"The question of the respect of ethics appears amongst the 10 measures announced last May by the Tour de France to fight against doping...The organisers of the Tour de France hope to be made aware of the possible decisions of the Italian court concerning the penal sanctions, on one hand, and measures taken by the cycling authorities for sporting sanctions, on the other hand."
Italian sources say that only 2 of the 20 teams investigated during the Giro are "completely clean". One of them was Bonjour, who took a squad primarily composed of neo-pro's and finished with one rider. The other one is an Italian team, yet to be named. In total, 86 riders and team staff have been placed under suspicion of violating the Italian anti-doping law.
Including Bonjour, nine of the teams who took part in the Giro will ride in the Tour de France. In some of these teams, none of the riders were found to be in possession of unauthorised medicines, but the team doctors/mechanics were (see separate story).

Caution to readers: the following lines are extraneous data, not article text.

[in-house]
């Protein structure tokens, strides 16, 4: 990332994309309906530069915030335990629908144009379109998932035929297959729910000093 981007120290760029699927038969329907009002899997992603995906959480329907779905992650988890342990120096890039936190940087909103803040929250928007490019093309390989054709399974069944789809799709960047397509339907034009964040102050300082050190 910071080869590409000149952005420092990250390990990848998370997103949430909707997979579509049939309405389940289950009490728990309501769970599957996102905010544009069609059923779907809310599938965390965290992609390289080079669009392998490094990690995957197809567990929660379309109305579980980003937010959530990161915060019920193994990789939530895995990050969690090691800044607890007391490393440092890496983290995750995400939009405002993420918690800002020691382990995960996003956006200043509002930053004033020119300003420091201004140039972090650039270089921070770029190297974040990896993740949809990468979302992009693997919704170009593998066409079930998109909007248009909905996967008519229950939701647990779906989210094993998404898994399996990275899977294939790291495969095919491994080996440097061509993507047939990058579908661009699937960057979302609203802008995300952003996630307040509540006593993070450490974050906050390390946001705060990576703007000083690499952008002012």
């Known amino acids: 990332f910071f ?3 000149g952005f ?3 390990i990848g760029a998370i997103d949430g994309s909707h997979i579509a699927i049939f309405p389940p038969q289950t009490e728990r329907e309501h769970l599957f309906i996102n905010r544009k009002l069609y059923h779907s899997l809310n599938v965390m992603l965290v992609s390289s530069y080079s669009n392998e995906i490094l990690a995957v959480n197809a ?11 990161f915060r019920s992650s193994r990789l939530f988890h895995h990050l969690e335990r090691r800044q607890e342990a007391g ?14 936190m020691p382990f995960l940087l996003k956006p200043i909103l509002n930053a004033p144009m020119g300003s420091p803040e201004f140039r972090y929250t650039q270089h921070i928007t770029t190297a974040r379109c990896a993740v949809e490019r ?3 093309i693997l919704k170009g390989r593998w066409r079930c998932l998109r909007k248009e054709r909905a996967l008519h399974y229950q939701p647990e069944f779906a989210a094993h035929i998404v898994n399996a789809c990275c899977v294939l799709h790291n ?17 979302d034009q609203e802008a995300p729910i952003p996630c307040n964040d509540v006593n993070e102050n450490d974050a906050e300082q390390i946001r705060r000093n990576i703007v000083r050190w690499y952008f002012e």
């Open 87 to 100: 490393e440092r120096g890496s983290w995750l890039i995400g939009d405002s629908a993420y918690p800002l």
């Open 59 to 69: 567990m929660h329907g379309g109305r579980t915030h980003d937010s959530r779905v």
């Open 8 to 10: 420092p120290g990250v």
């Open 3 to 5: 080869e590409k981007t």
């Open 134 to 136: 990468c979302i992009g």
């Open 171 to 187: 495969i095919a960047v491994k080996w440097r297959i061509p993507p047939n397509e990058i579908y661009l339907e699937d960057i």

Marco Pantani's driving license may be taken away from him for between one to three months, after his latest infringement on Italian roads. The Mercatone Uno cyclist was stopped by police for speeding after he was clocked at 190 km/h on the E45 Autostrada today. He was allowed to retain his license in order to drive back home, but he was fined approximately 3000 euros and will probably be without his license for up to three months.
Pantani's driving skills are noteworthy, especially after he demolished five cars late last year when he drove the wrong way up a one way street.
Lampre's Frank Vandenbroucke will not start tomorrow in the Tour of Luxembourg, after a decision was taken late this evening by directeur sportif Pietro Algeri. At 2100, VDB still had not arrived at the meeting point with his teammates, the Parc Hotel in Luxembourg.
This afternoon, Vandenbroucke had left a telephone message, telling Algeri that he would arrive later because he wanted first to have a medical examination of his arm which he had injured crashing earlier today during his training session.
After several attempts to reach VDB with no success, Algeri decided not to let him start tomorrow. The reason for this decision was that Algeri always has an individual talk with every cyclist before the start of a tour. He wanted to have a quiet talk with VDB in order to clear the negative rumours of the past few days. As this is not possible any more due to VDB's delayed arrival, Algeri prefers not to take any risks tomorrow at the departure.